Mushroom and chestnut pie

Mushroom and chestnut pie

According to a recent survey by Waitrose, one in five vegetarians have been served meat on Christmas day, and 25% of veggies prefer to cook for themselves at Christmas so they know they’ll get something suitable. I’m lucky enough to have a supportive family who have never tried to force-feed me meat (at least… not that I’ve found out about…), but in case you’re not spending Christmas somewhere that will provide you with a tasty vegetarian option, here’s a gorgeous mushroom and chestnut pie that you can make yourself instead. Since I was intending this to be a vegetarian Christmas dinner, I didn’t hold back – this is not a diet recipe!

Mushroom and chestnut pie

It starts with mushrooms, garlic, shallots and chestnuts cooked in butter (the smell of which alone is enough to make me drool a little). Then you add a dash of wine and some vegetable stock, and simmer it until you have a nice rich, thick sauce. Then comes my favourite part (which also happens to be the naughtiest part) – add a dash of cream and some grated gruyère, which come together to form a luxuriously smooth and creamy sauce.

I cooked my pastry topping separately from the pie filling (so I suppose this is technically a ‘deconstructed’ pie) because I think it looks prettier, and it helps to keep the pastry nice and crispy, but if you’d prefer to cook your pastry on top of the mushroom mixture, that will definitely work too – just construct it in a baking dish and pop it all in the oven for 15 minutes or so. It might look a bit messier (the filling will probably bubble up around the pastry, and you won’t get nice neat rectangular portions of pastry like I did) but sometimes that’s half the fun, so I say go for it.

I’ve not had chestnuts many times before, but they really added something great to this pie. Not only did they make it feel more festive (when else do you eat chestnuts?), they also added a bit of depth and a different texture to the pie filling. They become quite soft when cooked, but still have a bit of bite to them, so they’re perfect for a meatless meal like this.

This indulgent pie is just the sort of thing I fancy around Christmas – something that feels a bit special! It’s definitely not the time of year to be stingy. Of course, if you’re making this at any other time of year, you could make it a little healthier (and cheaper!) by leaving out the wine and perhaps using a slightly cheaper cheese than gruyère (or skipping the cheese altogether – but where’s the fun in that?).

I can’t wait to make this again nearer The Big Day, and have it alongside the usual Christmas Day trimmings. Best thing: it’s got built in gravy! A roast potato would work a treat for mopping the plate for those last few drips of the rich, cheesy sauce.

And now I’m drooling again.

Mushroom and chestnut pie

Mushroom and chestnut pie
 
Prep time
Total time
 
Author:
Recipe type: Main meal
Serves: 2
Ingredients
For the puff pastry topping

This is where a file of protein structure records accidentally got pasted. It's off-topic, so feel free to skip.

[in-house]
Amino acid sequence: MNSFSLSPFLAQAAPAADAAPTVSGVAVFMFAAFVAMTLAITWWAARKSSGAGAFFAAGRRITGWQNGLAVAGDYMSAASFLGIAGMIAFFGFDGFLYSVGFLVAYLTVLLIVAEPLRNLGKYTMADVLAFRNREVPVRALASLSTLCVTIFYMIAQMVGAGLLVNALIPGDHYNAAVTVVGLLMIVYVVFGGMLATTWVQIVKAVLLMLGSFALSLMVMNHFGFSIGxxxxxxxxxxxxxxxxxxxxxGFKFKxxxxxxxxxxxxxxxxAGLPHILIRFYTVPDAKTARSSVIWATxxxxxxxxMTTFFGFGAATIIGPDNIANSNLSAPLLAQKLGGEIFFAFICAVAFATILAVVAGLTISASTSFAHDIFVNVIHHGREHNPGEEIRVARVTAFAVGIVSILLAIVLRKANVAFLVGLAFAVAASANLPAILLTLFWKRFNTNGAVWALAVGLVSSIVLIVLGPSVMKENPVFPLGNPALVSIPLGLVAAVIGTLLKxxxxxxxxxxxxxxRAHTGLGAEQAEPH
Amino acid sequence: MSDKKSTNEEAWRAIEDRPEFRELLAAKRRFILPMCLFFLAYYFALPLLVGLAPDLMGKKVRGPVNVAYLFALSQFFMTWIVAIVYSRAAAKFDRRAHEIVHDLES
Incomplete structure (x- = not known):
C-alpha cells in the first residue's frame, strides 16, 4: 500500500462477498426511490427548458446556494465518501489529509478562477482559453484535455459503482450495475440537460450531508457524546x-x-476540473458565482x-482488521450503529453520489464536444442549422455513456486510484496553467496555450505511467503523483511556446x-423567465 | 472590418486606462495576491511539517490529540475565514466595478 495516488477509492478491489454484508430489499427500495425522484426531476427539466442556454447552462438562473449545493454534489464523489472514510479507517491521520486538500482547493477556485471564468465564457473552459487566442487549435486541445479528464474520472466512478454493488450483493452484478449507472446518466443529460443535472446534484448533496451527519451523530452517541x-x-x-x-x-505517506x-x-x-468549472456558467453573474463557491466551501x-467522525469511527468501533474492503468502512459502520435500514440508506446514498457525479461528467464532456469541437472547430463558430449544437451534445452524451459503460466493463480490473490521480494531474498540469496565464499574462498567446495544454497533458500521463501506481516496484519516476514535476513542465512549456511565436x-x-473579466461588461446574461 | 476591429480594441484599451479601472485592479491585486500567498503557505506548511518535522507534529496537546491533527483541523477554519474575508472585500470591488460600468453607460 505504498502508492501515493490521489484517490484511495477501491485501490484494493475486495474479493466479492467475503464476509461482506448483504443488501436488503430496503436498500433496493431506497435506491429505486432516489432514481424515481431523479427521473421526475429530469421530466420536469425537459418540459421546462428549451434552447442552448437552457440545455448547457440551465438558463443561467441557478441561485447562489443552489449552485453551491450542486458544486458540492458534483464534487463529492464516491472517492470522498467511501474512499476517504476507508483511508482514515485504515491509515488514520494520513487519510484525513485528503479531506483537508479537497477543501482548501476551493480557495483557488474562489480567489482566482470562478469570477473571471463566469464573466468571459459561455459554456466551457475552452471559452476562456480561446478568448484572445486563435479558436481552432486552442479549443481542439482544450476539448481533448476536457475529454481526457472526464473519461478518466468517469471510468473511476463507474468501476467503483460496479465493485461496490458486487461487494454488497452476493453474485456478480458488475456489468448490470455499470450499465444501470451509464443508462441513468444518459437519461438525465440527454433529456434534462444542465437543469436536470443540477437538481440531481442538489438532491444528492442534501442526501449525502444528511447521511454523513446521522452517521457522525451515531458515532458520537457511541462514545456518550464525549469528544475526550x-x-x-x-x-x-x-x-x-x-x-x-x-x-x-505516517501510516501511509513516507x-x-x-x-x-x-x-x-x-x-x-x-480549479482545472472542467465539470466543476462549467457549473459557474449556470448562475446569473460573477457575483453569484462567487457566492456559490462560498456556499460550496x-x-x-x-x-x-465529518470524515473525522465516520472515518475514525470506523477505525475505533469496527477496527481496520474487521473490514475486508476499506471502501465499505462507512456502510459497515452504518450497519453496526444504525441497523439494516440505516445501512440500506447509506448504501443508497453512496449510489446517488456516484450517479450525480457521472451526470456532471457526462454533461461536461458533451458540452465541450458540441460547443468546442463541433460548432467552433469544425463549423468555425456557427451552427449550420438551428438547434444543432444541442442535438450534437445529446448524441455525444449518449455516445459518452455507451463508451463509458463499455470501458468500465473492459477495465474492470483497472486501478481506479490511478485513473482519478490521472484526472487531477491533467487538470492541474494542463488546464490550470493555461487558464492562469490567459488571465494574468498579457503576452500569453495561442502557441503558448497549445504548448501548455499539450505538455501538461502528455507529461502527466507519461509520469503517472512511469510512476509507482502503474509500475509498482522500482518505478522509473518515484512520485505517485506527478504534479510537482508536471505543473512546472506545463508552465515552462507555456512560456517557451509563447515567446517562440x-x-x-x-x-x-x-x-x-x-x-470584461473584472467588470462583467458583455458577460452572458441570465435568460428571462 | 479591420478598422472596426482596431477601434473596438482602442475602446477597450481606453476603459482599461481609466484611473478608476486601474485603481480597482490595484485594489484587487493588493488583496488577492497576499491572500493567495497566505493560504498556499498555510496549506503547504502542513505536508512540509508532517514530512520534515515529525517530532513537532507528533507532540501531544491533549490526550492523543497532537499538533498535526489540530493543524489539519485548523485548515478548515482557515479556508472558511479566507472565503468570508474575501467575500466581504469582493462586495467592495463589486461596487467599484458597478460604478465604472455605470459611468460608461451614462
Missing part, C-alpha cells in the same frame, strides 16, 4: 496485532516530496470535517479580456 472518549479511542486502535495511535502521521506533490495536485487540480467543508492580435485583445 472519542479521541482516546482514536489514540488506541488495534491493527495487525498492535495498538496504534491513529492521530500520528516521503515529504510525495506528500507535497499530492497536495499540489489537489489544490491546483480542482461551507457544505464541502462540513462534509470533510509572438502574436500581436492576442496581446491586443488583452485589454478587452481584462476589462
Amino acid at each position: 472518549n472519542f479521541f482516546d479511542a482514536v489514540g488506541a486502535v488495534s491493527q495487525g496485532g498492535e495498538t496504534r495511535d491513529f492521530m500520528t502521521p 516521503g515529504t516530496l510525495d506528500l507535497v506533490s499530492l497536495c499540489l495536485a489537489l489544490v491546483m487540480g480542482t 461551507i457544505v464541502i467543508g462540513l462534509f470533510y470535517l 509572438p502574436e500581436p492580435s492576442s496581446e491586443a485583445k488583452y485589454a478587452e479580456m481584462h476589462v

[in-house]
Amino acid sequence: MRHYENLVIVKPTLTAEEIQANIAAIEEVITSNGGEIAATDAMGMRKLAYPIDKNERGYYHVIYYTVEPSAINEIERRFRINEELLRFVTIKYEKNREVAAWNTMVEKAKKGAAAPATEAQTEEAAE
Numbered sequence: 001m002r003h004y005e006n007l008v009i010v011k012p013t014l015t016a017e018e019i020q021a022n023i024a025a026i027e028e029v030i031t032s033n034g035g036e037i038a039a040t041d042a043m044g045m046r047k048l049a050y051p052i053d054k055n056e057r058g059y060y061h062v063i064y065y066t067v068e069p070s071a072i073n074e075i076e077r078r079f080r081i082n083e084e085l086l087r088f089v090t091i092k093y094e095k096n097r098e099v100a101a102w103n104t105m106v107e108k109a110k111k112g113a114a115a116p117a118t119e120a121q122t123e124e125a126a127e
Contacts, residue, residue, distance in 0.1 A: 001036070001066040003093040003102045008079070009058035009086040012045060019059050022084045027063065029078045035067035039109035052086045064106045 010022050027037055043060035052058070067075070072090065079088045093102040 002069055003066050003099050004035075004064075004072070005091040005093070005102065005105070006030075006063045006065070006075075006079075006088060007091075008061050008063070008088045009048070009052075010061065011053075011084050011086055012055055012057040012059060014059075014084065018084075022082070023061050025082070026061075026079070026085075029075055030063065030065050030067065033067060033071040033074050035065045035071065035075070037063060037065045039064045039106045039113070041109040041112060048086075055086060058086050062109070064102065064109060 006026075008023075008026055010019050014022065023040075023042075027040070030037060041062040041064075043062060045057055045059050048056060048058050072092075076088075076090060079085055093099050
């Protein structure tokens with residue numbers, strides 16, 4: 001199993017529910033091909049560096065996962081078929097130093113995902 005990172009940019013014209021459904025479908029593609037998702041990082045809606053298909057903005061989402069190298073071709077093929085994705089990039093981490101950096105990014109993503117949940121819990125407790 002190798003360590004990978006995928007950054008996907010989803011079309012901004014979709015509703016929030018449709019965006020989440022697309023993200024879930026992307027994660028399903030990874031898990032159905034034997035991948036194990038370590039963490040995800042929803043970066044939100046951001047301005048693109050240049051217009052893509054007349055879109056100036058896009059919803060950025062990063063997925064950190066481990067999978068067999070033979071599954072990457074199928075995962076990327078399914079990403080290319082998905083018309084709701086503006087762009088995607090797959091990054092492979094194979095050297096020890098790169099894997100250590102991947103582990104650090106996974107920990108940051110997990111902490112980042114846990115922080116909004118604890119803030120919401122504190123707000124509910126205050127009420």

• 80g puff pastry
  • Plain flour for rolling pastry
  • Spray oil
  • Salt
  • Black pepper
For the pie filling
  • 1tbsp butter
  • 1tbsp oil
  • 300g mushrooms (I used mostly chestnut mushrooms, plus a few white mushrooms), cut into chunky dice
  • 3 cloves garlic, minced
  • 75g shallots, sliced
  • 100g cooked chestnuts, cut into chunky dice
  • 4tbsp dry white wine
  • ½ tsp dried thyme
  • 250ml vegetable stock
  • 50ml single cream
  • 50g gruyère cheese, grated
  • 4tbsp fresh parsley, chopped
Instructions
  1. First, prepare your pastry. On a well-floured surface, roll out the pastry and cut it into several rectangles. Lay them on a baking sheet lined with baking paper. Spray the pastry pieces lightly with oil, and season with salt and black pepper. Set aside.
  2. Heat the oven to 200°C (Gas Mark 6 / 400°F).
  3. To make the pie filling, melt the butter with the oil in a large frying pan, and add the diced mushrooms, minced garlic and sliced shallots. Fry over a medium-low heat for 5 minutes, and then add the chopped chestnuts. Continue to cook for another 5 minutes, stirring regularly, until the mushrooms and onions are soft.
  4. At this point, you can put the pastry into the pre-heated oven for about 10 minutes, until puffed up and golden brown.
  5. While the pastry is cooking, add a good glug of wine and some dried thyme to the mushroom mixture, and cook for a couple of minutes until most of the wine has evaporated. Add the stock, and bring to a simmer. Continue to simmer gently until the mixture has reduced a little, just a few minutes. Add the cream and grated gruyère, and mix together. As the cheese melts it should help to form a creamy sauce. Bring the mixture to your desired consistency - add a dash more stock if you'd like it to be thinner, or simmer it for a few more minutes to thicken it up. Season to taste.
  6. Add the fresh parsley just before serving, and serve topped with a piece of puff pastry.

Mushroom and chestnut pie

Disclosure: This post was sponsored by Waitrose. I was compensated for writing this post.

More vegetarian pie recipes:

Saag paneer puffs
Ricotta and tomato tart
Pumpkin and feta empanadas
Spinach and ricotta strudel with chickpeas
Cheesy pumpkin lentil pot pies
Broccoli cheddar pot pies from Oh My Veggies
Fall veggie pot pie from A Thought For Food
Lentil, mushroom and spinach roulade from Mouthwatering Vegan Recipes

Comments

  1. Víktor Bautista i Roca says

    Tou ask “when else you eat chestnuts?”

    Well, I’m Catalan and here we have even a festivity dedicated to them, la “castanyada” (castanya means chestnut), when we eats roasted chestnunts and sweet potatos (the orange ones) and some almond and sugar sweets called “panellets”. It is on All Saint’s Eve.

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